Webcasts bring Titanic explorer to classroom

Dr. Robert Ballard was about three kilometres under the ocean when he thought to himself, This is too good not to share. This was 1986, and at the time was looking out a porthole at the RMS Titanic.

Jump to today and he’s sharing his discovery travels with school children around the world

thanks to the Jason Project. Named after the Greek explorer who sought the Golden Fleece, the project is a collaboration between the private and public sectors to bring Ballard’s expeditions to classrooms. In the past he has visited Belize, Hawaii and in May 1990 the Jason team examined two War of 1812 schooners on the bottom of Lake Ontario.

EDS has one of the major sponsors of the initiative from Day 1, according to Brad Rucker, executive director of EDS bluesphere, the firm’s interactive design agency.

“”We’re Dr. Ballard’s IT partner, so we take care of data communications, IT, interactive course ware, Web sites, etc.””

This year EDS and Ballard have set up shop in Alaska to study climate change. On Monday it began broadcasting live, hour-long Webcasts about the team’s work. There is also a Quick Time, 360 degree tour available on the EDS Web site.

“”You get to go through and touch certain points inside that tunnel. For instance, you get to see a 14,000-year-old bison jaw bone,”” says Rucker. “”You get to see a silted up stream bed that died 12,000 year ago, you get to see lakes that froze 30,000 years ago.””

Jason, however, offers more than passive teaching tools.

“”There are representatives from different schools that get to participate hands-on. Through the broadcasts — through that telepresence — some selected students at participating schools get to drive robot explorers looking at the ice, different parts of that particular environment, how plants and animals survive and thrive in the cold,”” Rucker says.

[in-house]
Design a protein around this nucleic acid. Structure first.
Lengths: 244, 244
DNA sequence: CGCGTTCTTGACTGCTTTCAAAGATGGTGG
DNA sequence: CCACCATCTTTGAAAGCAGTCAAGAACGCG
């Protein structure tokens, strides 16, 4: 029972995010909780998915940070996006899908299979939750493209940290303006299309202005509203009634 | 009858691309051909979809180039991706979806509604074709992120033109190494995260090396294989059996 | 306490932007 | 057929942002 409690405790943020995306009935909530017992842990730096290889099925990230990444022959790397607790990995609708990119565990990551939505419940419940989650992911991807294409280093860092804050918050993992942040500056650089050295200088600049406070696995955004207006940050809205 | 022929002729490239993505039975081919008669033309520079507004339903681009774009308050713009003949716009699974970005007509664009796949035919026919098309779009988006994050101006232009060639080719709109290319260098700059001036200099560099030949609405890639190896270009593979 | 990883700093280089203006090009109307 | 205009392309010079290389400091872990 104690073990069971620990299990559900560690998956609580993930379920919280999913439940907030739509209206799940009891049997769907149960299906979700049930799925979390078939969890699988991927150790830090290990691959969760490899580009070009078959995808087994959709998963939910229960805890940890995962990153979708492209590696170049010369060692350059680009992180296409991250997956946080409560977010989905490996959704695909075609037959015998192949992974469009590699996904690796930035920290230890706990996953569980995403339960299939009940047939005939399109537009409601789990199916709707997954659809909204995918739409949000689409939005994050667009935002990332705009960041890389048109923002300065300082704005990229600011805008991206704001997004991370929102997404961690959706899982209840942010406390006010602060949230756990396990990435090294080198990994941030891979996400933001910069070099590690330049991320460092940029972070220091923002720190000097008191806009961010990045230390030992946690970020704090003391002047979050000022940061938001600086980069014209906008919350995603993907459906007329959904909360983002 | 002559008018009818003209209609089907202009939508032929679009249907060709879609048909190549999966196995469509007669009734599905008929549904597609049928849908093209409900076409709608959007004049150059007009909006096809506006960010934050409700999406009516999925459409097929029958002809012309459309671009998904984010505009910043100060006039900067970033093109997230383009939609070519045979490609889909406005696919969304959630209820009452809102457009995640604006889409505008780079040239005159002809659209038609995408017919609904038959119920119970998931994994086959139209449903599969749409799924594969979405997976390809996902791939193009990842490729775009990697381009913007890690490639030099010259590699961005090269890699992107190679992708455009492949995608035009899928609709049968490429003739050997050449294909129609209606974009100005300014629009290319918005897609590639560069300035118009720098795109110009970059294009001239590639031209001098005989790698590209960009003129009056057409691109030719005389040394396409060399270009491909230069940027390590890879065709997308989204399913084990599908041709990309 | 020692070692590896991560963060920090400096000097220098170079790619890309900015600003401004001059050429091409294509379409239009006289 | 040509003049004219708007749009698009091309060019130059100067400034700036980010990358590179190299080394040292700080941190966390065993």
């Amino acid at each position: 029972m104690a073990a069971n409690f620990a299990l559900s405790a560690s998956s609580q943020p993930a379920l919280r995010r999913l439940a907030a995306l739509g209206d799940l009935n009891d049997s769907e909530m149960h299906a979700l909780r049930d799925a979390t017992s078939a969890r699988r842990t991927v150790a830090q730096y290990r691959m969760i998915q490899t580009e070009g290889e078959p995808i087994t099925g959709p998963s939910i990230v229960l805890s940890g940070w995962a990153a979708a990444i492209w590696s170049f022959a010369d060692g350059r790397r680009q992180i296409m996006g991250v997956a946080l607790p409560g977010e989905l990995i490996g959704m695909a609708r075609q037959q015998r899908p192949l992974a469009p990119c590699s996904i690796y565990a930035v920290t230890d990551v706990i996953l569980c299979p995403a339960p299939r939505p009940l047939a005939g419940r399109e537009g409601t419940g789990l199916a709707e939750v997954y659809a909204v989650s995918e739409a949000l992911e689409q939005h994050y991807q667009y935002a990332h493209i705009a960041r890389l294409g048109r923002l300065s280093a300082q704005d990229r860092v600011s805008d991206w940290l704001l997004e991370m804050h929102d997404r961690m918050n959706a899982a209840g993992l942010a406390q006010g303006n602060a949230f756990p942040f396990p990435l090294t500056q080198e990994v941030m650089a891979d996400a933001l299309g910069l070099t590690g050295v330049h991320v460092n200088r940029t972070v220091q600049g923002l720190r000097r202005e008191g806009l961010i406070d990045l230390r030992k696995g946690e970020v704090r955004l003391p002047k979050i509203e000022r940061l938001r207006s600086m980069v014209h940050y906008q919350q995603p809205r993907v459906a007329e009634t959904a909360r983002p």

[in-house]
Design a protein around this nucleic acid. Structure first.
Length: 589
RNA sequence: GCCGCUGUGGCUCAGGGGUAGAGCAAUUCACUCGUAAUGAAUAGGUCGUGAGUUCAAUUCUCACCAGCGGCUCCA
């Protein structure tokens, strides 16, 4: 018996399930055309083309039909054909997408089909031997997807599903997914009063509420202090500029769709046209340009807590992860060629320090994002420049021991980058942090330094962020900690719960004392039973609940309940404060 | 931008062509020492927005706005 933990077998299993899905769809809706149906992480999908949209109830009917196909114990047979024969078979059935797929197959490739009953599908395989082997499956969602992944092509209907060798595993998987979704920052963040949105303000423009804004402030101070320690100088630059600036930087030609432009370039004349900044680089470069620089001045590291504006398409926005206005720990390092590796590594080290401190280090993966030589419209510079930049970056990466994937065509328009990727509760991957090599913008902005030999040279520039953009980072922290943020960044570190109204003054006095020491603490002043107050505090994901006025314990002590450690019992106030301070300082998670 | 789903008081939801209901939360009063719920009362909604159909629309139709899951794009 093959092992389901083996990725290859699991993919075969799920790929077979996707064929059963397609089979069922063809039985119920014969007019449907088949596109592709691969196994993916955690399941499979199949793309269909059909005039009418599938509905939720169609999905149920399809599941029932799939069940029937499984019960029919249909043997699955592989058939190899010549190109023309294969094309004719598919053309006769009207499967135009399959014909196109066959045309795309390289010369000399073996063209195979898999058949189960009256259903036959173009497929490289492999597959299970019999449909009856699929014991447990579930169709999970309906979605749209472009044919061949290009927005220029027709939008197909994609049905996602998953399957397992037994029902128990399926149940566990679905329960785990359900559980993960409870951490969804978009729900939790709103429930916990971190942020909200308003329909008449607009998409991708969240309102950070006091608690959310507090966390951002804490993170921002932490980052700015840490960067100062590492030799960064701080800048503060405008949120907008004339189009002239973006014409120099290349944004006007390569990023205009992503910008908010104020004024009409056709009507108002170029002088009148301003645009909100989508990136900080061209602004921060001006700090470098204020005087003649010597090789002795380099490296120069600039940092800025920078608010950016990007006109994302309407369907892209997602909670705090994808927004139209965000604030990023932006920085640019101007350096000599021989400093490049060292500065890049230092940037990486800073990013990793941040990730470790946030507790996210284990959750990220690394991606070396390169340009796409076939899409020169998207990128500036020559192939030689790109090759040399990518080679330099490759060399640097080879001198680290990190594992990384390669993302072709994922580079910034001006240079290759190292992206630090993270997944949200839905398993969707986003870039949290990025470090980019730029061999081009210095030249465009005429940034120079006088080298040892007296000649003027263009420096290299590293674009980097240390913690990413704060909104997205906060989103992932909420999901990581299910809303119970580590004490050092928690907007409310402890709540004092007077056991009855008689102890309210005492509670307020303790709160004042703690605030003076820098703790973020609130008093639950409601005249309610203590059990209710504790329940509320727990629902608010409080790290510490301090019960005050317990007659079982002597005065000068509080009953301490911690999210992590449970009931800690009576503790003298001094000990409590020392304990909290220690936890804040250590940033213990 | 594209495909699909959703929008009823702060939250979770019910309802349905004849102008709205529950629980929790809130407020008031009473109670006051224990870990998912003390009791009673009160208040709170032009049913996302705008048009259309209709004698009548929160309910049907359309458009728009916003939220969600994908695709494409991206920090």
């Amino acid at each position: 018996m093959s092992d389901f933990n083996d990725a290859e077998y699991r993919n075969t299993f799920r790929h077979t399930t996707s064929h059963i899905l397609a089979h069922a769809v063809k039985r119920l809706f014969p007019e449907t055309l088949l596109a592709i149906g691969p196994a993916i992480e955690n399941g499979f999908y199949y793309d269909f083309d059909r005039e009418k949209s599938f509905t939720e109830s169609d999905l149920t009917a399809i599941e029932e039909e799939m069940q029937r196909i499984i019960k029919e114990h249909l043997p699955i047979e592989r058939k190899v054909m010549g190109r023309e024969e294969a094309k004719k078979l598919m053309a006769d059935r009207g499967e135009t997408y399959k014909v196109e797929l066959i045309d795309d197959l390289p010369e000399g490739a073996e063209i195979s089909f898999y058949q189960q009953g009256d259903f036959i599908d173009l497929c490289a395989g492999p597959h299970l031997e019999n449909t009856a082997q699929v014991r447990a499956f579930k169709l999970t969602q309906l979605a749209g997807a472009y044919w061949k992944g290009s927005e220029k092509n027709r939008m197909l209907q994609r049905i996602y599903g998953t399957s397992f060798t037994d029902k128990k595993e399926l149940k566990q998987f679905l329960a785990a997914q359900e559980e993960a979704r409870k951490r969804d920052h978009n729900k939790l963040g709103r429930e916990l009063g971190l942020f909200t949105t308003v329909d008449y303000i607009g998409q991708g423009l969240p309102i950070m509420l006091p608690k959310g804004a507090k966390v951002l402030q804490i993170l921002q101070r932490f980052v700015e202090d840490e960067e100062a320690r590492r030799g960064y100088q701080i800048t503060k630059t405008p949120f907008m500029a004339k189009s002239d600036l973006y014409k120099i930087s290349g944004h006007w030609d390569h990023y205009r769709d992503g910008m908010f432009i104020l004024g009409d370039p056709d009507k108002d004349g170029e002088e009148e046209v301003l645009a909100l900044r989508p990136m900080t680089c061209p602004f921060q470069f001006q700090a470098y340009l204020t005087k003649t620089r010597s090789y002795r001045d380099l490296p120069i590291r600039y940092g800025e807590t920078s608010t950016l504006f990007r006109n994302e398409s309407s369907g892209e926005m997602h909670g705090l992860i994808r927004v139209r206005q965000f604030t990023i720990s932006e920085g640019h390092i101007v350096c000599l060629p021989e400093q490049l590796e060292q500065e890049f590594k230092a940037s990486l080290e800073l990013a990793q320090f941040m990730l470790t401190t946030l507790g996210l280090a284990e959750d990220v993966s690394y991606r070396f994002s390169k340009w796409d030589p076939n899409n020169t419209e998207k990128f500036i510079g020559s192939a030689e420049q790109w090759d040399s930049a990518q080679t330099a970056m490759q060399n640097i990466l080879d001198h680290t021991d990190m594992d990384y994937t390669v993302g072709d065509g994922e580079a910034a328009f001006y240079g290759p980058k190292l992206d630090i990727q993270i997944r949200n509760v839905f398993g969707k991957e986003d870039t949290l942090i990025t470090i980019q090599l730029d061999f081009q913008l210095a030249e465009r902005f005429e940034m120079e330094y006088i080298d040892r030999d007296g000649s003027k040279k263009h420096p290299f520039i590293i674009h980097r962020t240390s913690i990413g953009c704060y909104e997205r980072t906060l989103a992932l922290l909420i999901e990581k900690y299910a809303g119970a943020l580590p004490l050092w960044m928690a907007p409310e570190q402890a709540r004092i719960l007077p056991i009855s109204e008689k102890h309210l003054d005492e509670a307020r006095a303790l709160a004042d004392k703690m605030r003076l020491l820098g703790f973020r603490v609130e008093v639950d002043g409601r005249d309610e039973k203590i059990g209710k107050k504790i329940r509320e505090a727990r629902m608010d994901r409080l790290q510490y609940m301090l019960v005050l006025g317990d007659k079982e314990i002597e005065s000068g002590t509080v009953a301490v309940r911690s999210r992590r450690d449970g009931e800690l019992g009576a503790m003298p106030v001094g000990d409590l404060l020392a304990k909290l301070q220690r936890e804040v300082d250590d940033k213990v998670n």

Tannis Wengel, project manager for Jason Project, is responsible for working with teachers, schools and ministries to get the curriculum into Canadian classrooms. “”The potential is huge, and right now we’re working with three different provinces,”” she says. And this isn’t the only Canadian content.

“”We have some Canadian scientists working with the Jason Project right now in the Arctic providing Canadian content to the curriculum,”” Wengel says. “”We actually have Canadian scientists lined up working with the Jason Project in the Channel Islands.””

One of the goals, Rucker says, is to continue the time-honoured tradition of having children know more about technology than their parents.

“”We teach kids to be modern explorers, and there’s two key technologies we teach them about: one is GPS (global positioning system) and the other one is GIS, geographic information systems. Is a seven-year-old going to interested in GPS and GIS? Absolutely.””

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